A Mexican Matzo Plant Presses On

By Jennifer Siegel

Published April 07, 2006, issue of April 07, 2006.
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For Mexico City’s David and Hershl Fiiller, making matzo is a family tradition with trans-Atlantic roots.

The brothers, children of Polish immigrants who arrived in the 1920s, grew up helping their parents in the bakery adjoining their small downtown abode. Today the site is home to the Fiiller bread factory, a 4,000-square-foot facility with 25 delivery vans. It is one of the largest suppliers of kosher bread products in the country.

The siblings spent a recent Sunday morning giving the Forward a tour of their matzo-making facility, which is housed in a modest, rented space across the street from their factory. In one small alcove, two men in Fiiller T-shirts stood juicing bushels of oranges for the egg matzo. While elsewhere, apple cider is a key ingredient, here the brothers make use of plentiful citrus.

In a typical year, the Fiillers produce 70,000 pounds of matzo — regular, egg, whole wheat and chocolate covered — for Mexico’s approximately 40,000 Jews, most of whom reside in the capital. It is the only matzo produced domestically, and the brothers consider their work a labor of love.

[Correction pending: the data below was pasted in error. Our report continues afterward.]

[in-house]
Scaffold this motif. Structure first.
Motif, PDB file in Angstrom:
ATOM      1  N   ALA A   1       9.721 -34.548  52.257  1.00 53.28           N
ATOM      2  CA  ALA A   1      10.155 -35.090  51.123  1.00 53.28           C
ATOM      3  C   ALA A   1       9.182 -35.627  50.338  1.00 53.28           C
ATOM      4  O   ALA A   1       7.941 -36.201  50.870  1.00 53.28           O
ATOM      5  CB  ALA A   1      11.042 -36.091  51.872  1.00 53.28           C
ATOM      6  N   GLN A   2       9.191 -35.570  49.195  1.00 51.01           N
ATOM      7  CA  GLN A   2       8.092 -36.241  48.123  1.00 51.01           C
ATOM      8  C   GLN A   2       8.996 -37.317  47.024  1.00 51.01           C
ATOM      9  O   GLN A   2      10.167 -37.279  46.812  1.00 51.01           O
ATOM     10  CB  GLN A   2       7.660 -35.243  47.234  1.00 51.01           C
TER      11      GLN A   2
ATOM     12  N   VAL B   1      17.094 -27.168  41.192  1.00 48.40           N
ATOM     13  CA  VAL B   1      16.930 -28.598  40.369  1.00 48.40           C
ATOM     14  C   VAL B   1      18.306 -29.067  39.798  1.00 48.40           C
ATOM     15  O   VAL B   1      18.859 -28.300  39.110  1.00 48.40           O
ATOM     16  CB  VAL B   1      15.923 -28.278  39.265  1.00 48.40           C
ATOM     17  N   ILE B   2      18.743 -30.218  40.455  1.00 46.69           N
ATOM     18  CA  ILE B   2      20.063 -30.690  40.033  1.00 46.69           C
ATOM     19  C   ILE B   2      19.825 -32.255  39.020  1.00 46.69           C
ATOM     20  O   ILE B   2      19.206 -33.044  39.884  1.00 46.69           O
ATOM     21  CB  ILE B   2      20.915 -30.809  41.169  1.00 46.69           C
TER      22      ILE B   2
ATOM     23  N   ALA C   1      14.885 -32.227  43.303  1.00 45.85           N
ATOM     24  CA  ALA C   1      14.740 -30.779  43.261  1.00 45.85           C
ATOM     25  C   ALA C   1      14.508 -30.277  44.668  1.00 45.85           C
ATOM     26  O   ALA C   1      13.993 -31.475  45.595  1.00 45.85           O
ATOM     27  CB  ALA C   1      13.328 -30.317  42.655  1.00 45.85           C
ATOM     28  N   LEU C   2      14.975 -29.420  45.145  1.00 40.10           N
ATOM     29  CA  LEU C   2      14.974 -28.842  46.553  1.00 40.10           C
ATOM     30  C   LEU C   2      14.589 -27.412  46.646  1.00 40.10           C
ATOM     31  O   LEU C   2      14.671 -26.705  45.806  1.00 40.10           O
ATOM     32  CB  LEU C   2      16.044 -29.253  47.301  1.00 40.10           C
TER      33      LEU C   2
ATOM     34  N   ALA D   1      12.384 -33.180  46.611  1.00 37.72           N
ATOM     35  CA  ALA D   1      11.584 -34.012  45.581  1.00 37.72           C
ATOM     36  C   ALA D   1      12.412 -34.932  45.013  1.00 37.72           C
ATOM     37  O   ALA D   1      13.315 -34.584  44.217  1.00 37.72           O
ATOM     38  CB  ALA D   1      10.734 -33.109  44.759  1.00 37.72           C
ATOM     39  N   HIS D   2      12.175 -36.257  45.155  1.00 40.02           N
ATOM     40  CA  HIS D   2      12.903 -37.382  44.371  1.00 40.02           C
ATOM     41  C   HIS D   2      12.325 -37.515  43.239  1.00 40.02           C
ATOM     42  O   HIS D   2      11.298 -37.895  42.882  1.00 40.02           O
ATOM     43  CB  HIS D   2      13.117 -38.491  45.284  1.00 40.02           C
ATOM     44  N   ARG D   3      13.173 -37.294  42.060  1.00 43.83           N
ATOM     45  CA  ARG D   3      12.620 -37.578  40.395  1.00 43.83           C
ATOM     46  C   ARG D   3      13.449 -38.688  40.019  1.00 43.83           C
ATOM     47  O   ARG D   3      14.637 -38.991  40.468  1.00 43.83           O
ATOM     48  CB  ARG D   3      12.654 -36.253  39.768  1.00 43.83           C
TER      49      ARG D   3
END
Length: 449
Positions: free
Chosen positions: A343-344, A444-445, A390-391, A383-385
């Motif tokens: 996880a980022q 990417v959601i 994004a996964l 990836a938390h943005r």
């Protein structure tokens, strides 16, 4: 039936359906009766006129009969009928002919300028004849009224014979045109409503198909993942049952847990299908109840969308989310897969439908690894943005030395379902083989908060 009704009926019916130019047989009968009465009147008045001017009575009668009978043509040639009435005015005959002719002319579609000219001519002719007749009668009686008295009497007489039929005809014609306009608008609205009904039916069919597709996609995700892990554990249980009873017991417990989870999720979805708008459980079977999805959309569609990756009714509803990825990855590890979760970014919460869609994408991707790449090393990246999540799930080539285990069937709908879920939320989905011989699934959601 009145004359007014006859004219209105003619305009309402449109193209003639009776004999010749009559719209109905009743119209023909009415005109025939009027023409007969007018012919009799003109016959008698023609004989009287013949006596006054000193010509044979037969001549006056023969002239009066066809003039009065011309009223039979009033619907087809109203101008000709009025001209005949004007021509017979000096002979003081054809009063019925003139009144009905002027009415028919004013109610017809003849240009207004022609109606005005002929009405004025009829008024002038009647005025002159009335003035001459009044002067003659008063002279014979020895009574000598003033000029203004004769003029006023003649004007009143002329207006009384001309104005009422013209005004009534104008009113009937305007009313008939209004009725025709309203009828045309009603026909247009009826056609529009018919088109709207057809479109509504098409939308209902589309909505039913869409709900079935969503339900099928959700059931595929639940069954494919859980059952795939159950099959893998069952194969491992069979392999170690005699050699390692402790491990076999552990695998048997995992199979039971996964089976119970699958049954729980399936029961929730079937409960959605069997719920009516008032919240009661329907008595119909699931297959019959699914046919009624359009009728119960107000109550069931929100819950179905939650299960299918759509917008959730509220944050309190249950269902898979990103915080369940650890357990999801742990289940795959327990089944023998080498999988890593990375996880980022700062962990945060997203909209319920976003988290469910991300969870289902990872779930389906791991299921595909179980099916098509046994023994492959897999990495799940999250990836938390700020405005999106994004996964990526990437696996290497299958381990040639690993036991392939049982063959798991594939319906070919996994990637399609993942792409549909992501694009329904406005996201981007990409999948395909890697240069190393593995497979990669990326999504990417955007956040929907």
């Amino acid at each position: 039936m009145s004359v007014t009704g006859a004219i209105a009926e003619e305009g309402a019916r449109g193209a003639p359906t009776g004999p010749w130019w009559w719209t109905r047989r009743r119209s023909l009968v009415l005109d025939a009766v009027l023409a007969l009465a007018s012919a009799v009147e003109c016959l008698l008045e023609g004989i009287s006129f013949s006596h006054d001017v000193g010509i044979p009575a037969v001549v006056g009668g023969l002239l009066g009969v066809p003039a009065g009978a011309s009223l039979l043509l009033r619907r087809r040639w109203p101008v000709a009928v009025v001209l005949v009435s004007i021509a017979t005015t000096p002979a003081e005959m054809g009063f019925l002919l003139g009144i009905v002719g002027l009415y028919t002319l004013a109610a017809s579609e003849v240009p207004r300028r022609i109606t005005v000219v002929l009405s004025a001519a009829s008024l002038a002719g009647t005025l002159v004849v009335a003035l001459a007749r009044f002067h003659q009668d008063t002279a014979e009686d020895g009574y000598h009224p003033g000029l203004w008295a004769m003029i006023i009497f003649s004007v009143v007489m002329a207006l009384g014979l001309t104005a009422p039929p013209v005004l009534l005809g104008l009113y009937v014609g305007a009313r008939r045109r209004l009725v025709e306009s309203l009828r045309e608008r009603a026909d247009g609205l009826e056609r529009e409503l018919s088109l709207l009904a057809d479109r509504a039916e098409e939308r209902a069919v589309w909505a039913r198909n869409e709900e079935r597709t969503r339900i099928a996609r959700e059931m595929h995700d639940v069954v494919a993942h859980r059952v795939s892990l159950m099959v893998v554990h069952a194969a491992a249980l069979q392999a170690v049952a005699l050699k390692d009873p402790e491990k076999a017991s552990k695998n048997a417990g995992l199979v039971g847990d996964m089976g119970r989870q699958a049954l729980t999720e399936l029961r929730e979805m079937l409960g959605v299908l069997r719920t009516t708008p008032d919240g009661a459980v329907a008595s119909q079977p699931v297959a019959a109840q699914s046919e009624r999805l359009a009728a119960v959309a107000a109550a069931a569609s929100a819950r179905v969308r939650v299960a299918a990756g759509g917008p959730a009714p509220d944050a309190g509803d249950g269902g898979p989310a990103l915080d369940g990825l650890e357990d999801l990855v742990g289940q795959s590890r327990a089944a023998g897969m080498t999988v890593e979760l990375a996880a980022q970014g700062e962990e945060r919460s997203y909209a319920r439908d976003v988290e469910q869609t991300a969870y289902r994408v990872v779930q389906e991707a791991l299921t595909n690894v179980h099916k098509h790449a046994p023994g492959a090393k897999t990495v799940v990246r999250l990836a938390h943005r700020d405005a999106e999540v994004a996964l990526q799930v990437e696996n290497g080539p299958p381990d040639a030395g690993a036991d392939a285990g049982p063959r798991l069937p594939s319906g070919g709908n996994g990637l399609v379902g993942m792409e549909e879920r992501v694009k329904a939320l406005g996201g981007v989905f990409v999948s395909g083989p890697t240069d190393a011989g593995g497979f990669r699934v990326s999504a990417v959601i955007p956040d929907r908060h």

Their equipment, roughly 80 years old, was purchased by the Fiillers’ father, Leib, soon after he arrived in Mexico, and has been in continuous use ever since. Several of the machines were once operated by hand, with motors added only later — including a 3-foot-high matzo press that their father personally carried over when he immigrated.

Across the street, at the Fiillers’ main factory, the air was thick with the smell of yeast and a similar commingling of the old and the new. One of the buildings, which now holds some of the company’s warehousing operations, was once the home in which the brothers grew up.

“This house was never closed,” David, 66, recalled, pointing out where the bedrooms used to be. “Always we had people in — almost every day — and they used to sit and talk. That was the way I used to remember it as a kid.” When David is alone with brother Hershl, 70, the two still speak a mix of Yiddish and Spanish.

In the bakery, balls of dough rest in oval, straw baskets that were imported from Vienna a half-century ago; a few of the baskets still bear a stamp reading “Füller,” the original spelling of the family’s name. (In Mexico, the “ü” was consistently misread as “ii,” so the Fiillers adapted both the spelling and the pronunciation.)

Several years ago the brothers finished a major expansion, putting in ultramodern offices and a gleaming new factory space that is used to produce a new line of health bars. While most of the David and Hershl’s children now live outside of the country, in the United States and in Israel, David’s son-in-law works in the business and so the brothers want to make sure it keeps growing for him.

“It’s like all the world,” David said, pausing for a moment of reflection. “We have products that will stay forever, but after a few years you have to go into new niches, because if not, the big companies will swallow you.”

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